Revised structure for the diphenylaminyl radical:  the importance of theory in the assignment of electronic transitions in Ph2X• (X = CH, N) and PhY• (Y = CH2, NH, O)

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DOIResolve DOI: http://doi.org/10.1021/jp026279i
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TypeArticle
Journal titleJournal of Physical Chemistry A
ISSN1089-5639
Volume106
Issue48
Pages1171911725; # of pages: 7
AbstractDensity functional theory indicates that the minimum energy structure of the diphenylaminyl radical, Ph2N, has a "staggered" conformation in which the two phenyl rings are twisted relative to each other by an angle, φ, of 40. In this conformation, the aromatic rings are oriented so as to maximize interaction with the unpaired electron while minimizing repulsion between the 2- and 2'-hydrogen atoms. This calculated ground state structure of Ph2N differs from that, which has been accepted for the past 15 years, which had the two rings orthogonal ( φ = 90) with one ring conjugating with the nitrogen's lone pair and the other conjugating with the unpaired electron. This structure was based on unexpected differences between the UV-vis absorption spectra of Ph2N and the diphenylmethyl radical. However, our calculations indicate that this orthogonal structure lies 3.5 kcal/mol above the global minimum. Further support for the staggered conformation of Ph2N is provided by the similarities between absorption transition wavelengths determined theoretically and the experimental absorption bands of Ph2N and other diarylaminyl radicals generated by laser flash photolysis. The long wavelength transition of Ph2N, resulting in a structure that can be represented as (Ph2)+N-, is red-shifted as compared to the related transition from Ph2CH to (Ph2)+CH- due to the electronegativity of the N atom. The absorption bands for PhCH2, PhNH, and PhO in the 300-450 nm region are similar in position, which has been taken to indicate that for isoelectronic species the electronic transition energies should be little affected by heteroatom substitution. Our calculations show, however, that these sets of absorption bands arise from different transitions. Therefore, the experimentally similar 300-450 nm absorption bands for these three radicals are fortuitous and do not reflect some common, unifying traits, a fact that further serves to emphasize the importance of theory in the assignment of bands due to electronic transitions.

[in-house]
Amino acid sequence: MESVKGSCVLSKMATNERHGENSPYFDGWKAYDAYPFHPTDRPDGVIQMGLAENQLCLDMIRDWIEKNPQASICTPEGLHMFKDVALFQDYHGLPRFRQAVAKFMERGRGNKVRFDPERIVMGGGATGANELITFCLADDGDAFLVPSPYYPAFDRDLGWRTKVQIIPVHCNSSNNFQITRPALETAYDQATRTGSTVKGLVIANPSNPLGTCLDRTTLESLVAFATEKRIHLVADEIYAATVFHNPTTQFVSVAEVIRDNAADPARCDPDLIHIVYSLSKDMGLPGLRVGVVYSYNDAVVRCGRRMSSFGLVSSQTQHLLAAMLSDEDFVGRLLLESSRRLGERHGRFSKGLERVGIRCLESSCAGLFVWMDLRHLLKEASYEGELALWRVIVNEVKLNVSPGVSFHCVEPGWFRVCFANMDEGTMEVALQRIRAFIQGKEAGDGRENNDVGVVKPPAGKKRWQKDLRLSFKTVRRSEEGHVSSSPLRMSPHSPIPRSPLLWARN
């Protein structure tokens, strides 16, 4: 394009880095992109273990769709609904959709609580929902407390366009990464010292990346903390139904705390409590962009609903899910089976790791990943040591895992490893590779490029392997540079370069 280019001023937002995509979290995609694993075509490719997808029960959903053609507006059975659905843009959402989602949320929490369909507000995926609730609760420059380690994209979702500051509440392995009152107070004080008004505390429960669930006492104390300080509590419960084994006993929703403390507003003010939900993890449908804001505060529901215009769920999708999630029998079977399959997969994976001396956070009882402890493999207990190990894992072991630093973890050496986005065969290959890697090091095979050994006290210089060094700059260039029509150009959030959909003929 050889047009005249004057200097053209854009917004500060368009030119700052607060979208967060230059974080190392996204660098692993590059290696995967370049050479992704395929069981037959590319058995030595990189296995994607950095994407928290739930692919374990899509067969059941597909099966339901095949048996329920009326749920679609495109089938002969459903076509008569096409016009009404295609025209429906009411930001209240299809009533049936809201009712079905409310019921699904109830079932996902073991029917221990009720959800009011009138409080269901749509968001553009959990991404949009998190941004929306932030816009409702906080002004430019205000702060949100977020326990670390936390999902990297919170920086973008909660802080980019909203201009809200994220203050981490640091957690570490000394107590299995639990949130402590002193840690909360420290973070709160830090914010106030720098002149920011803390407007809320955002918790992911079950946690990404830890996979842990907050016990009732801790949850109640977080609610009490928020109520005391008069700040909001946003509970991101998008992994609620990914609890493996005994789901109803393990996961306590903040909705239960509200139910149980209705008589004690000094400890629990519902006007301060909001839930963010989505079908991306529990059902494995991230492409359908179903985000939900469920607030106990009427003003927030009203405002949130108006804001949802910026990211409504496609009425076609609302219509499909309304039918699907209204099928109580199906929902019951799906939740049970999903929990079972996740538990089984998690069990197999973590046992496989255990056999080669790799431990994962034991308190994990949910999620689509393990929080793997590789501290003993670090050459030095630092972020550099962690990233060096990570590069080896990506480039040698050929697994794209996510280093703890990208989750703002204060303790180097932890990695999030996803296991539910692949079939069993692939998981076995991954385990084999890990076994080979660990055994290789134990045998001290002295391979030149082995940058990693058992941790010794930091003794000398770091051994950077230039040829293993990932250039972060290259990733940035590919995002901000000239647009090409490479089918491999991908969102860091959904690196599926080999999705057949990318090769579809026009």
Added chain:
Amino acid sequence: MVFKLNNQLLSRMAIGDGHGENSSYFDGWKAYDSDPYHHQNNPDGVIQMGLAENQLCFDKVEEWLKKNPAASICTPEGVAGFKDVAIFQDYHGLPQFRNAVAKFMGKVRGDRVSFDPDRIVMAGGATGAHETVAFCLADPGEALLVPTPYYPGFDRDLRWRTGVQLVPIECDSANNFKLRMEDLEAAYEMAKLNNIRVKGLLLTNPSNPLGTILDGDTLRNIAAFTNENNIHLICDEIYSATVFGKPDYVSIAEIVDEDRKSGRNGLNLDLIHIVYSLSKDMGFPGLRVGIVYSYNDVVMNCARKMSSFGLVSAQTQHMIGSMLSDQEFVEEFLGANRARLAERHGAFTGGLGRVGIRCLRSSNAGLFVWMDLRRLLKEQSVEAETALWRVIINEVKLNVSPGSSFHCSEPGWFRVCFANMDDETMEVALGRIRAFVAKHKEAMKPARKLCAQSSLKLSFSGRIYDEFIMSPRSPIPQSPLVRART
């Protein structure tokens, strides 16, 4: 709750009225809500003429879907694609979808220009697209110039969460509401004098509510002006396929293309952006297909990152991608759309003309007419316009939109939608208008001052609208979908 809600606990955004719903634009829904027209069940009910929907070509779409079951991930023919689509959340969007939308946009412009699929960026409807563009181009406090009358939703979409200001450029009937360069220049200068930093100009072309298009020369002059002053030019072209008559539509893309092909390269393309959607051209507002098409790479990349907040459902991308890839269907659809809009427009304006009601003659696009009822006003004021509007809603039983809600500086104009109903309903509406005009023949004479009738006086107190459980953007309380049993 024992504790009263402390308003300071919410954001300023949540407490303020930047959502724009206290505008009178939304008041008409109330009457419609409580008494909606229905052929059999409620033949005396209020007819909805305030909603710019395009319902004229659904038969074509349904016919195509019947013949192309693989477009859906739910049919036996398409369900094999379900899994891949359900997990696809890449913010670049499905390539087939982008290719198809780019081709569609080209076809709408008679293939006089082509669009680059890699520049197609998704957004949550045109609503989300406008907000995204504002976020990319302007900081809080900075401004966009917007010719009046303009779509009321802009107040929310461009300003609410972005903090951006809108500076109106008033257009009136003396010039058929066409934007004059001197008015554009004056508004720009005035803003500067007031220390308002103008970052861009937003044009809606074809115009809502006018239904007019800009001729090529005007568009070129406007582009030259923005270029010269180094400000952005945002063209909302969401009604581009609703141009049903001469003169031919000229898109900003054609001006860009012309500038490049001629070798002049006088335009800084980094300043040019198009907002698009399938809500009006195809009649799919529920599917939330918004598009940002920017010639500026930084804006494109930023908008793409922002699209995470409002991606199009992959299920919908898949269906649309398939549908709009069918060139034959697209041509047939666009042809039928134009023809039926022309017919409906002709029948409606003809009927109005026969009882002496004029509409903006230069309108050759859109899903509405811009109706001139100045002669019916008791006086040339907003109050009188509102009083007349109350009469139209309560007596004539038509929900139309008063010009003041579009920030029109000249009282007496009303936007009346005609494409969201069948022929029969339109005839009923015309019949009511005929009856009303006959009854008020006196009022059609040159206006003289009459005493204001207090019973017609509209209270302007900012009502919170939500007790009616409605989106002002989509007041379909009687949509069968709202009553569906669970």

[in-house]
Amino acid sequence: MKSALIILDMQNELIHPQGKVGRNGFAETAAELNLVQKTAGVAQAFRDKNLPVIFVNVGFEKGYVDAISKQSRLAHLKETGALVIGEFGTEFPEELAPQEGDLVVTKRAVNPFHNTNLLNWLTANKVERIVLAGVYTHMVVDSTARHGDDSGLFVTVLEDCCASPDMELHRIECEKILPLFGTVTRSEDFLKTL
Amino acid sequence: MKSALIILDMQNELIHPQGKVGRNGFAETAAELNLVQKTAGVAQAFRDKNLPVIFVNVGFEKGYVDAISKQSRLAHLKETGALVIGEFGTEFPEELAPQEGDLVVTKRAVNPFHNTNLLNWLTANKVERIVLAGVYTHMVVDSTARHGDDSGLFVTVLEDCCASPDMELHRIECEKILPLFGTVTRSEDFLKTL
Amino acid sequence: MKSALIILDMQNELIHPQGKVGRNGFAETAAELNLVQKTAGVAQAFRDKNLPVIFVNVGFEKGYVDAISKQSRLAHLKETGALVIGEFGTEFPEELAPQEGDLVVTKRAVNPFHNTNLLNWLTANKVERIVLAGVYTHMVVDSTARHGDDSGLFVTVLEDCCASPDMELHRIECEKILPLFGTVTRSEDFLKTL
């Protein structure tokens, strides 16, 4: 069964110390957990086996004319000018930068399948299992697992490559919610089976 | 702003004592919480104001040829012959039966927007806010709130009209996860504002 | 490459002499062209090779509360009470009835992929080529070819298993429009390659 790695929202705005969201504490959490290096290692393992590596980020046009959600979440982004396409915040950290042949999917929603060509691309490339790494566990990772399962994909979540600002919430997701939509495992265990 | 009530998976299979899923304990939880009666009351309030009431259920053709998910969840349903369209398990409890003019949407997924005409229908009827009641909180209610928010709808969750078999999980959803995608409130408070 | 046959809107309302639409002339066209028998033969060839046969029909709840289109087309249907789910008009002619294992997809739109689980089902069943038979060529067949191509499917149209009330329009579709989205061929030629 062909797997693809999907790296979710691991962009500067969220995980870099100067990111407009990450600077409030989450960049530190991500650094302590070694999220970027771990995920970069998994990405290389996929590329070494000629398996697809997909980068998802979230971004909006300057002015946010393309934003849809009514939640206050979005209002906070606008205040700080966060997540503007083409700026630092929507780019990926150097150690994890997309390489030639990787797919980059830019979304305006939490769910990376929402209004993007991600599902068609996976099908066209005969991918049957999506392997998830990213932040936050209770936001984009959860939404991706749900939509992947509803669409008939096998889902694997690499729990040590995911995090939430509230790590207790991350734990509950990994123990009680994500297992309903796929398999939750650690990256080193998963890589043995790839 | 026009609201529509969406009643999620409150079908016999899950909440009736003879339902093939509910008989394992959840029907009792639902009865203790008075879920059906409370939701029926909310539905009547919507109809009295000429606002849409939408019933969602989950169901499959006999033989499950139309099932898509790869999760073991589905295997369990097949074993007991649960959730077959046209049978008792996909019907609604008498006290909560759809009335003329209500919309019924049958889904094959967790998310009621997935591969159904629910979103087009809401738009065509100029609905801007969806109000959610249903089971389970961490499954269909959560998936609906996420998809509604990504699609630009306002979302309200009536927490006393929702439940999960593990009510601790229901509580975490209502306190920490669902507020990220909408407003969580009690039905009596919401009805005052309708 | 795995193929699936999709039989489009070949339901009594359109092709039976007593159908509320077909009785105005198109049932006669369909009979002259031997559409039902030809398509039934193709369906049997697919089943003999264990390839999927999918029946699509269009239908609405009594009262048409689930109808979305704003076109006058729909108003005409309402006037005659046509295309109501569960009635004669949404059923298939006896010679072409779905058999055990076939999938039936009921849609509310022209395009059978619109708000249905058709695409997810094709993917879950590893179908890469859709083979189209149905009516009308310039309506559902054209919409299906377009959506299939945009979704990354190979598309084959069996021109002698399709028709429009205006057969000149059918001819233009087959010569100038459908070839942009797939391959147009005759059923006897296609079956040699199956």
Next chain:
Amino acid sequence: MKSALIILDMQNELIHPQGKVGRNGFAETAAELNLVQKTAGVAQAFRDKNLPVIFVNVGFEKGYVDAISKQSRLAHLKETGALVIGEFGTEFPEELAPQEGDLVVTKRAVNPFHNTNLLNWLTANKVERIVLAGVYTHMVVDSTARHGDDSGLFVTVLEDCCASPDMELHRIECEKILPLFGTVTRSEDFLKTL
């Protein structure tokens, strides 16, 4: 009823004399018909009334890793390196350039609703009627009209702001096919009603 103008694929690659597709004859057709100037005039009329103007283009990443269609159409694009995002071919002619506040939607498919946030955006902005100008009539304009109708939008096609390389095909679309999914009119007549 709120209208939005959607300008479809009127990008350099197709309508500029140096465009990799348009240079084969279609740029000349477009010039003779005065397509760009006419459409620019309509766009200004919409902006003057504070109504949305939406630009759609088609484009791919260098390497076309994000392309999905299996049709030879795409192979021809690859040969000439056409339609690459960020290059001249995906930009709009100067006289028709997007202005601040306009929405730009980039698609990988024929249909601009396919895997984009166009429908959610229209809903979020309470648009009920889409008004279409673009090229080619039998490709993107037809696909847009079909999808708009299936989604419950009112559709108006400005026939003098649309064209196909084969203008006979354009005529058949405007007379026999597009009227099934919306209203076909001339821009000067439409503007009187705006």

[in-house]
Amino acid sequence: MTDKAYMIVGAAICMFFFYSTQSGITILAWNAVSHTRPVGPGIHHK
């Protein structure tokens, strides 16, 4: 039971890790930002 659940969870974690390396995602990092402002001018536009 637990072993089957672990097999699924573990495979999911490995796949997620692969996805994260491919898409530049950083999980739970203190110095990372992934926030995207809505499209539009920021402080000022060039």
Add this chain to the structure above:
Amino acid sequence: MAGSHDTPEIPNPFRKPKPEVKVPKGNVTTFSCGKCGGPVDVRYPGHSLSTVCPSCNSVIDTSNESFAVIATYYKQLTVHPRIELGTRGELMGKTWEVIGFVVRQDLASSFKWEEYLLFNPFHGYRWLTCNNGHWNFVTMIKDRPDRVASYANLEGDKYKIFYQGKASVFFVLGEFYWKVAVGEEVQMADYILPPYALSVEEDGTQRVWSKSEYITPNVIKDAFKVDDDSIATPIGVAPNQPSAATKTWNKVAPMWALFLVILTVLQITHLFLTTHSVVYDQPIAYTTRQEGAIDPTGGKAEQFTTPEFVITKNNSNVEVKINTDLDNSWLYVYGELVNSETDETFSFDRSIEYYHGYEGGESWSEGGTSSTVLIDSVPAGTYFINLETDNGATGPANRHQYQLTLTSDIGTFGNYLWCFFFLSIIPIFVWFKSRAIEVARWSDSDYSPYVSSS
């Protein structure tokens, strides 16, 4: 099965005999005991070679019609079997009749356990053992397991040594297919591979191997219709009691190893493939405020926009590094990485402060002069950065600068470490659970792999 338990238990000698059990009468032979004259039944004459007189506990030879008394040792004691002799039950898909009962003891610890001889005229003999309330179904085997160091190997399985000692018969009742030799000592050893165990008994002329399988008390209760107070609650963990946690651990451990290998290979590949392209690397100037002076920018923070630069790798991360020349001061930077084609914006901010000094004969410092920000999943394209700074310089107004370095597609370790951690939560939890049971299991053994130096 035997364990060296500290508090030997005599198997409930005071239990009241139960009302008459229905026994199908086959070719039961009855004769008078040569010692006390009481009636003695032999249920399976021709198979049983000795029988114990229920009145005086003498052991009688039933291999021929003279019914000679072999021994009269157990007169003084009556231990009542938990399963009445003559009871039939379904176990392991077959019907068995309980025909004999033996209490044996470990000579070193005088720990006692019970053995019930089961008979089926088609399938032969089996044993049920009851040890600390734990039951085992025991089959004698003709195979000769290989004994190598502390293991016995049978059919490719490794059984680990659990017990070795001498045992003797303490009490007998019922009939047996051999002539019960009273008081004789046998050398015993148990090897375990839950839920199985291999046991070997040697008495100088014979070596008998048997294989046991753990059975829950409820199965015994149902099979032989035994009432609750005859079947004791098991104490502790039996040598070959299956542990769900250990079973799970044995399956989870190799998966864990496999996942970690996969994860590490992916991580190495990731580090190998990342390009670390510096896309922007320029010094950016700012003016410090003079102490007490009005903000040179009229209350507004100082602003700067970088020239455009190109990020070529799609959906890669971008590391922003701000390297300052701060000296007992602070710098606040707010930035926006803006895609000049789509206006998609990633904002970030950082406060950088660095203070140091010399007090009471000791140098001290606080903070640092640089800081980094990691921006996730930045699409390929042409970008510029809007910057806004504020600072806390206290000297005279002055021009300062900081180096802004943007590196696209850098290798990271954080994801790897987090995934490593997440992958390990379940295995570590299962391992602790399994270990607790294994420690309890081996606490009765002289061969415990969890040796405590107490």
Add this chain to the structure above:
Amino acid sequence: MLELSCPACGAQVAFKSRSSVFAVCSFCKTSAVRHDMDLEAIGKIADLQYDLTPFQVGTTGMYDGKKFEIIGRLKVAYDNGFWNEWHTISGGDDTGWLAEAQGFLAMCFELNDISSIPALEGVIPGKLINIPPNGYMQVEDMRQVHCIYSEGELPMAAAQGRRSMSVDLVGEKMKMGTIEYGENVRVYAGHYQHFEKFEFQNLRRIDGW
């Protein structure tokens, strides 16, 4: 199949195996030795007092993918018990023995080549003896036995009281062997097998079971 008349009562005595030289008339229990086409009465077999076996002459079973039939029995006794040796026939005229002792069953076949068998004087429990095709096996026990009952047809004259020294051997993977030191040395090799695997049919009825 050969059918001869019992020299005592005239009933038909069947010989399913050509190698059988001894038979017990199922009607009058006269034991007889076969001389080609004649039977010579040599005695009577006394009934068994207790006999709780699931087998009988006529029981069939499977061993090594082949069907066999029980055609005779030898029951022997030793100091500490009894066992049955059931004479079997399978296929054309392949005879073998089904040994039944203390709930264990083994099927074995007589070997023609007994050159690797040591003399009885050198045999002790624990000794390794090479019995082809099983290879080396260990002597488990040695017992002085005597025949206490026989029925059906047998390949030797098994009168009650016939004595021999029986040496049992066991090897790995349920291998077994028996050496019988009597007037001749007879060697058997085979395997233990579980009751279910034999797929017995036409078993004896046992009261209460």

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AffiliationNational Research Council Canada; NRC Steacie Institute for Molecular Sciences
Peer reviewedNo
Identifier16891788
NPARC number12333656
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Record identifier6c770297-f051-4180-892d-1f15a8545de4
Record created2009-09-10
Record modified2016-05-09
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